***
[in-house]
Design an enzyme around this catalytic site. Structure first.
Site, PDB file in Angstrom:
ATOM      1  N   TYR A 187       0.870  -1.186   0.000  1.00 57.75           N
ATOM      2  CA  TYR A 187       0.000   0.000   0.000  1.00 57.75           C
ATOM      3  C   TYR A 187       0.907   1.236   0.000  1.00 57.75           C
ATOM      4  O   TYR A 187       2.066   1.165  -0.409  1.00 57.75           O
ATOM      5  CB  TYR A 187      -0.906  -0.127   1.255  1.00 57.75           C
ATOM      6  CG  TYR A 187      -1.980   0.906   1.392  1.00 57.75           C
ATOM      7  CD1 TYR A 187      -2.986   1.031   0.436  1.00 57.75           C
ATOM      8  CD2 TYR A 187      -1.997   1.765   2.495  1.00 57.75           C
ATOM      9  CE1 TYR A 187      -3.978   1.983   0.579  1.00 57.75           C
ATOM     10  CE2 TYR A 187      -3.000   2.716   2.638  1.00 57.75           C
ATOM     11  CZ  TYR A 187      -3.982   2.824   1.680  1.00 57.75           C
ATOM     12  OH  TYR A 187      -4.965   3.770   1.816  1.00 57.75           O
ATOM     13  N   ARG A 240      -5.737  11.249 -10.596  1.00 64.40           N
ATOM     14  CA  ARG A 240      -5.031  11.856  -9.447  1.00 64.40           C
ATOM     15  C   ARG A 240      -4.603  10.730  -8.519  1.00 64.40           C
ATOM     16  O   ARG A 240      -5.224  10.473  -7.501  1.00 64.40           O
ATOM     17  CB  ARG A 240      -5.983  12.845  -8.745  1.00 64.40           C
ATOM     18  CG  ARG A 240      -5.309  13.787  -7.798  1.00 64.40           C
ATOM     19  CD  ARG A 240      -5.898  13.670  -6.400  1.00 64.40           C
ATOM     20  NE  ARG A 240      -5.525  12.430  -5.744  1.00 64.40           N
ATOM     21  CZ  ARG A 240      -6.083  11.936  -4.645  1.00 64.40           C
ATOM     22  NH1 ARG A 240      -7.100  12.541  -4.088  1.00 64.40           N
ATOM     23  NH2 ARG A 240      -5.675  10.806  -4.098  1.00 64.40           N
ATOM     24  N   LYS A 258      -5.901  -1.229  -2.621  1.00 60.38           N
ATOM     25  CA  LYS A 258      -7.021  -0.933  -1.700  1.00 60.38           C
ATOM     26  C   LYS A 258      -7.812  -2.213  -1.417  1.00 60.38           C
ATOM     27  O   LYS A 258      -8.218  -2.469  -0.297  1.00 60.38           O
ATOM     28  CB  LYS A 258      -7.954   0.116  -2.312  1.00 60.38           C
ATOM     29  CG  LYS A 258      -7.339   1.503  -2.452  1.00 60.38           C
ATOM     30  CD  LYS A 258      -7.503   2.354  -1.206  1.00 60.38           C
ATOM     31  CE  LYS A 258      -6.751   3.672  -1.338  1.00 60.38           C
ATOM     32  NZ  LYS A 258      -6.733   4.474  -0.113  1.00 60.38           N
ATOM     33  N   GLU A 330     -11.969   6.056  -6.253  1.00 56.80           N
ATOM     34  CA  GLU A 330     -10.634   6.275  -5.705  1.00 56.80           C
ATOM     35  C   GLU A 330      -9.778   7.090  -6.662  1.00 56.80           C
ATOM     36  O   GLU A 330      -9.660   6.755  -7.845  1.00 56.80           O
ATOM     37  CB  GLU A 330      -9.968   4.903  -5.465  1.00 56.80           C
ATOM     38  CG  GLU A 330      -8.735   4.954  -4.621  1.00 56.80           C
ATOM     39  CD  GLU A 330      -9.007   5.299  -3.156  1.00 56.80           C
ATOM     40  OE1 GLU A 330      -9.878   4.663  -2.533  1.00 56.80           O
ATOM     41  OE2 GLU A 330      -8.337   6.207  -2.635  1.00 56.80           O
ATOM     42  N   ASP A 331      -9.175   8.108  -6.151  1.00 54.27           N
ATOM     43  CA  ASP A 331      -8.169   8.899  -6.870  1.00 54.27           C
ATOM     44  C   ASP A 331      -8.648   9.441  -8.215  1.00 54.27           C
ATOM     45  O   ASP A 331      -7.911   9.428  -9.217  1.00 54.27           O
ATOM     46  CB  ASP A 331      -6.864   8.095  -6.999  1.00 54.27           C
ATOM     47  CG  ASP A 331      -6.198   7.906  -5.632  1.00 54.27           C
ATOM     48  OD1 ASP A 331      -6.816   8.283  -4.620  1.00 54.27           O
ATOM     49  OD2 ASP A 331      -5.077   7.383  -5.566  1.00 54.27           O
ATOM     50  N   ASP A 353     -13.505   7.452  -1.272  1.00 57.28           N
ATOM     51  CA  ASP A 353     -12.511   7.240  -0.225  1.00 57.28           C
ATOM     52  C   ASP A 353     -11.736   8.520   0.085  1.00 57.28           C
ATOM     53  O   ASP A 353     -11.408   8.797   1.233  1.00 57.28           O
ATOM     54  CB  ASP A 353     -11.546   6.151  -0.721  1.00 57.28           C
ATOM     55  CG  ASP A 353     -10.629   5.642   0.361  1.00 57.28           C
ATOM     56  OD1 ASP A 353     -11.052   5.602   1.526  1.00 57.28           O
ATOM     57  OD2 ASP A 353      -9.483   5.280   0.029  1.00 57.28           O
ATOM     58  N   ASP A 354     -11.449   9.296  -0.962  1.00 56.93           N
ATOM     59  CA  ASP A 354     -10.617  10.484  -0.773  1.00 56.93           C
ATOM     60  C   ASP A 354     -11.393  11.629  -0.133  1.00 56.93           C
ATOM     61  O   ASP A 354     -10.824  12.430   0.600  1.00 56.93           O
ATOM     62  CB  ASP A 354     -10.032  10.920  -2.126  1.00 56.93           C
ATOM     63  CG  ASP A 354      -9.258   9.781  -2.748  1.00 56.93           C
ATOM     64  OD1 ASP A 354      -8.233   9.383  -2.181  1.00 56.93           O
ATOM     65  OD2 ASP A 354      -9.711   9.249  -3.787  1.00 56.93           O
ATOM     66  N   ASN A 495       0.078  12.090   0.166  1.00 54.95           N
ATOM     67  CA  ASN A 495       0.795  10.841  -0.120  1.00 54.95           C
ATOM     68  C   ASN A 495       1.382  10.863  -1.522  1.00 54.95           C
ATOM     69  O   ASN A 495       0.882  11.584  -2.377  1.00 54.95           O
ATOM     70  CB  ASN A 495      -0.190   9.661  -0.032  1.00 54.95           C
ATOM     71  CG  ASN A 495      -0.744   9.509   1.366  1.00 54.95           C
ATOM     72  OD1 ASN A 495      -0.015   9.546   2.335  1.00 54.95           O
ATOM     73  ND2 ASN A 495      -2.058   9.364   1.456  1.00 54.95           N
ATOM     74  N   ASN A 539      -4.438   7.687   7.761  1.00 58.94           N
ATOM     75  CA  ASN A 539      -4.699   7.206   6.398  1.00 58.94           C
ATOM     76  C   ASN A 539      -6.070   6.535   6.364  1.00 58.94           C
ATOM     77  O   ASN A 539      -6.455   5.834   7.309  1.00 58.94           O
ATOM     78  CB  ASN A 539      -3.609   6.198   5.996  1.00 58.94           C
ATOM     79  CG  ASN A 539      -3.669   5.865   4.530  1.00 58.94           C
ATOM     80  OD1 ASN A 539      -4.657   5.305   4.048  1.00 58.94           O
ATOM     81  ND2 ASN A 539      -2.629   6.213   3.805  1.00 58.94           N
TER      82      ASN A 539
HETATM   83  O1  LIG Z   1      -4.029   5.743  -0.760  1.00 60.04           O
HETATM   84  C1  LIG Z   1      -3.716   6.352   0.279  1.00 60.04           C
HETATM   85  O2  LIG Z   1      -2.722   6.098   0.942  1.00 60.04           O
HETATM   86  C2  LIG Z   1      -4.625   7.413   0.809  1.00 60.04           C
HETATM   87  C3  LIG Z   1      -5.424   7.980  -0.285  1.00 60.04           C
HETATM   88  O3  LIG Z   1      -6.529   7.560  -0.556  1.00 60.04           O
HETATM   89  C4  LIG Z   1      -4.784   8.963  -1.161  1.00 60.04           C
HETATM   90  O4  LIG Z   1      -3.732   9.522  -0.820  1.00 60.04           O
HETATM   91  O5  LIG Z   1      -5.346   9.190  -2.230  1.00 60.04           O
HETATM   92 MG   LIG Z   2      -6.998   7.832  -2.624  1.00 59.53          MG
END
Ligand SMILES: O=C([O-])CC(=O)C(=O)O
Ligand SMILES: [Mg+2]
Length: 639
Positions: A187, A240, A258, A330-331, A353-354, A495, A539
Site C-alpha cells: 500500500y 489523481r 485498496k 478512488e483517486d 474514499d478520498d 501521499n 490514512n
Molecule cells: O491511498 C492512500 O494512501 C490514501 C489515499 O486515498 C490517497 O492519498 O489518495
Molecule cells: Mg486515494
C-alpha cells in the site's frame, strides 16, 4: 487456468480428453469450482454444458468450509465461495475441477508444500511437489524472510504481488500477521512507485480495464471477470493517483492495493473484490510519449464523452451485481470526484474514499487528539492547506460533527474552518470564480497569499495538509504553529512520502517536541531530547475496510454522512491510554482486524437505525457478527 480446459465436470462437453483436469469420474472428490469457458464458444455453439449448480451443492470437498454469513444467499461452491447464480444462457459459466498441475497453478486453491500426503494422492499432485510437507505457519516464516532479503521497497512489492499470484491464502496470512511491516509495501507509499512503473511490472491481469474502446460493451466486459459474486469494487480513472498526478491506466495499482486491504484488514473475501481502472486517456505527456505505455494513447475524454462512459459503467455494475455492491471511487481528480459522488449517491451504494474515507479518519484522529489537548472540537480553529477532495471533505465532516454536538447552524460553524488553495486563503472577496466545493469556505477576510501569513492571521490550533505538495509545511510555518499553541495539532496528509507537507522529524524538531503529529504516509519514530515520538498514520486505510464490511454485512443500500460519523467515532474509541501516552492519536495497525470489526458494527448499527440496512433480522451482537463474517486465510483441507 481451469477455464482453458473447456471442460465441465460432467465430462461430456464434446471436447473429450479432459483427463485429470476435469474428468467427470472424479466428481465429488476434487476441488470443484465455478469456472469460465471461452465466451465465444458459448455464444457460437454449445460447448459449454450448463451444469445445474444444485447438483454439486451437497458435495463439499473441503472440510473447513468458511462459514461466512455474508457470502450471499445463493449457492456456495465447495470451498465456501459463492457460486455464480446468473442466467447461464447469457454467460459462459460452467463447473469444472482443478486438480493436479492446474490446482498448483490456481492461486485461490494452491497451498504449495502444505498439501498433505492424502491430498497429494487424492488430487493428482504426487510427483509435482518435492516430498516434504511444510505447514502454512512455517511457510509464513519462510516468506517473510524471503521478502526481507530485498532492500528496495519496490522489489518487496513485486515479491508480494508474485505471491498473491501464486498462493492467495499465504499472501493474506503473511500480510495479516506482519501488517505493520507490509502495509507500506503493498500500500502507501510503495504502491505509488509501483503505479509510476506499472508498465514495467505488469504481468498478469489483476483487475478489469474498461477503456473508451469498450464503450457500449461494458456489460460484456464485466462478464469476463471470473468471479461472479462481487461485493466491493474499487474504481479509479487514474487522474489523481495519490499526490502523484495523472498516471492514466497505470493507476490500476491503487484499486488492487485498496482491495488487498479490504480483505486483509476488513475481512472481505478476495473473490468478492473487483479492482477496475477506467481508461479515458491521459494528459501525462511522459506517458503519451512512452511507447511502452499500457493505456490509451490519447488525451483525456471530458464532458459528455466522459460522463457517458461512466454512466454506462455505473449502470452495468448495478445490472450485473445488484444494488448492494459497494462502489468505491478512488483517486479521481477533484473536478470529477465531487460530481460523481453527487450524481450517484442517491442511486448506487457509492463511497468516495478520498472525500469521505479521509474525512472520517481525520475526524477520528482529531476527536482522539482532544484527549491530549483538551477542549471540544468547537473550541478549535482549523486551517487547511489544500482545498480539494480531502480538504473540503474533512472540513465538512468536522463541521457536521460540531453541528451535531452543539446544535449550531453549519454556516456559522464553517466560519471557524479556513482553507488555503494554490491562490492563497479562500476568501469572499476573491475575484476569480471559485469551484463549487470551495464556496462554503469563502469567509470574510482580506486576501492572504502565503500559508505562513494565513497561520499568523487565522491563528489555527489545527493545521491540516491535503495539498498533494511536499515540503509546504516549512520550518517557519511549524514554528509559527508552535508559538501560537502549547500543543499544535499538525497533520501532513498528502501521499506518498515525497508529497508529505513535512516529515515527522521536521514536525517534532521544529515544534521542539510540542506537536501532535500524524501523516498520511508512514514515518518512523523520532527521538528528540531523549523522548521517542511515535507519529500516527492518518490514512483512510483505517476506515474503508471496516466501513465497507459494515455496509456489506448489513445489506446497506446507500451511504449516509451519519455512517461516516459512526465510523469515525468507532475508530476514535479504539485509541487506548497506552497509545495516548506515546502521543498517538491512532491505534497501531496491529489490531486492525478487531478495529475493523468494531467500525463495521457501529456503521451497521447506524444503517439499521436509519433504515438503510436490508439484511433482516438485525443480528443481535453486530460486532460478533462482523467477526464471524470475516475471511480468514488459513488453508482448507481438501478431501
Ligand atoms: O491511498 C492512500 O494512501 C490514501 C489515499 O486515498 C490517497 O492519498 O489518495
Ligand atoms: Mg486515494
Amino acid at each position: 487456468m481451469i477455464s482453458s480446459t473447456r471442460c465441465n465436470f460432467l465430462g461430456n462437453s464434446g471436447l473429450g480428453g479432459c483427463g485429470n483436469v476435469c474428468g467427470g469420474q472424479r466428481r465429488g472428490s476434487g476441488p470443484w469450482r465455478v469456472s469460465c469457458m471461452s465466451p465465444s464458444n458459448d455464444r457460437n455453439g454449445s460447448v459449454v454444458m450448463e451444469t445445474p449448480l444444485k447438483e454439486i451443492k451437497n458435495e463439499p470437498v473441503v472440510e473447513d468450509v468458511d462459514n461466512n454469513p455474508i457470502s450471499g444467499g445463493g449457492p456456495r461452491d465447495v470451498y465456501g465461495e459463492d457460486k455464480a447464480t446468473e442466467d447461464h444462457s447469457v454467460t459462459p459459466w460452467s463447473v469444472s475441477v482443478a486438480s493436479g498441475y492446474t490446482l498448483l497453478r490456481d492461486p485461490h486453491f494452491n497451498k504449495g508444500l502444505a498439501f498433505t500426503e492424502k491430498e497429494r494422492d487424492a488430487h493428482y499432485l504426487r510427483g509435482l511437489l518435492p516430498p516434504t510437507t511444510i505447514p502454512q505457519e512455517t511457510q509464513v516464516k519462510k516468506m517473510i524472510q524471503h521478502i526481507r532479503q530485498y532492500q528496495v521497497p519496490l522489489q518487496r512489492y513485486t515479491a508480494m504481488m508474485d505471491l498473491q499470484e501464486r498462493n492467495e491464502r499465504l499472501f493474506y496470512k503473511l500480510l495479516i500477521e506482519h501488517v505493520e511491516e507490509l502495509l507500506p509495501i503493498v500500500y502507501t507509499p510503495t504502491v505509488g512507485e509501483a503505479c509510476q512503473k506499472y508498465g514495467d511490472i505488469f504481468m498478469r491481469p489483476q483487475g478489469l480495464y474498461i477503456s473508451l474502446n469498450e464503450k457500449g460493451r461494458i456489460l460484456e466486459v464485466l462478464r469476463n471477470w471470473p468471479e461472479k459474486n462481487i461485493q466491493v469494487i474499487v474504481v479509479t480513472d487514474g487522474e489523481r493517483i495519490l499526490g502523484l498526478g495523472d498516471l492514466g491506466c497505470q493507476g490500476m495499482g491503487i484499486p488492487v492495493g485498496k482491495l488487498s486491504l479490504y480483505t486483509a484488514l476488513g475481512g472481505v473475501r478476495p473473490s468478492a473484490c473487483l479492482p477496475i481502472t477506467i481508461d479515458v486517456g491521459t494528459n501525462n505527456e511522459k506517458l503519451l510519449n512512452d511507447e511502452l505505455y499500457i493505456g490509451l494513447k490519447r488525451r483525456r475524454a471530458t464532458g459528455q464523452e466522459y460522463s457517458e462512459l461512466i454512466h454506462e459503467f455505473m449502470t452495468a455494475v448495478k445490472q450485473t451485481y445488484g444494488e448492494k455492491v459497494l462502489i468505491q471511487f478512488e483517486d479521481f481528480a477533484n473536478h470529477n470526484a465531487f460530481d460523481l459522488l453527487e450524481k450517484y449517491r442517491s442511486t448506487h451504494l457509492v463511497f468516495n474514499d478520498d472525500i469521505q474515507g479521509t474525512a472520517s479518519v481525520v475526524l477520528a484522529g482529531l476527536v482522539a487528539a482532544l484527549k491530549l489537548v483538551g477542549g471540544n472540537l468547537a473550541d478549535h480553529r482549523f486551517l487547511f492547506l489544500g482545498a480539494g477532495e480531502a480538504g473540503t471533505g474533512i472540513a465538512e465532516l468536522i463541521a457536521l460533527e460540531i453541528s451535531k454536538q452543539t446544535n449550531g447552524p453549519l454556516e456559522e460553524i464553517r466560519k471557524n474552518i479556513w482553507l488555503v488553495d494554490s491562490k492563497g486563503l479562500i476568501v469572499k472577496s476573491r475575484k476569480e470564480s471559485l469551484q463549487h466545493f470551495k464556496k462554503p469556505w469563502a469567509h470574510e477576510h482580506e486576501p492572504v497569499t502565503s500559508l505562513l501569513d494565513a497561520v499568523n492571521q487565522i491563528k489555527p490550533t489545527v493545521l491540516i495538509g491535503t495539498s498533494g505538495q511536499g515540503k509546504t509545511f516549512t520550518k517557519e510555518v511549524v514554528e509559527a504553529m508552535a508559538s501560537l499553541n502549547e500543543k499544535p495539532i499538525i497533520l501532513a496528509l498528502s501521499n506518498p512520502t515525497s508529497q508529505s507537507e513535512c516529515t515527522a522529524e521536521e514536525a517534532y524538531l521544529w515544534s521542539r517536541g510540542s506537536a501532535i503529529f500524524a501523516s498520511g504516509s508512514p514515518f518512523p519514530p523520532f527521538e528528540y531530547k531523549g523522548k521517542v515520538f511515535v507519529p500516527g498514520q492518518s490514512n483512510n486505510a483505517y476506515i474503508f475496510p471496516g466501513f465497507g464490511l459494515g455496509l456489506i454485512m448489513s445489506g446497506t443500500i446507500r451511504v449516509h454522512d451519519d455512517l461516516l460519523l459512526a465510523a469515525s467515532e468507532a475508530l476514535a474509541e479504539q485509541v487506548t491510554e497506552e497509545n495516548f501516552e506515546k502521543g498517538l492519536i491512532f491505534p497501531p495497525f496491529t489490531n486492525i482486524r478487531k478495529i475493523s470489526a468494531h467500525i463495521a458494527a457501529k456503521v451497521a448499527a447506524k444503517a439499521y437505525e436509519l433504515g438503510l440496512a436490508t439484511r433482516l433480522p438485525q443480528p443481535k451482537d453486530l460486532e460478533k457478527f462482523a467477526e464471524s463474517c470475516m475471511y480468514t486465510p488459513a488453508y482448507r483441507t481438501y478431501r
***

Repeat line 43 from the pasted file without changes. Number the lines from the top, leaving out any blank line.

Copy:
ATOM     40  OE1 GLU A 330      -9.878   4.663  -2.533  1.00 56.80           O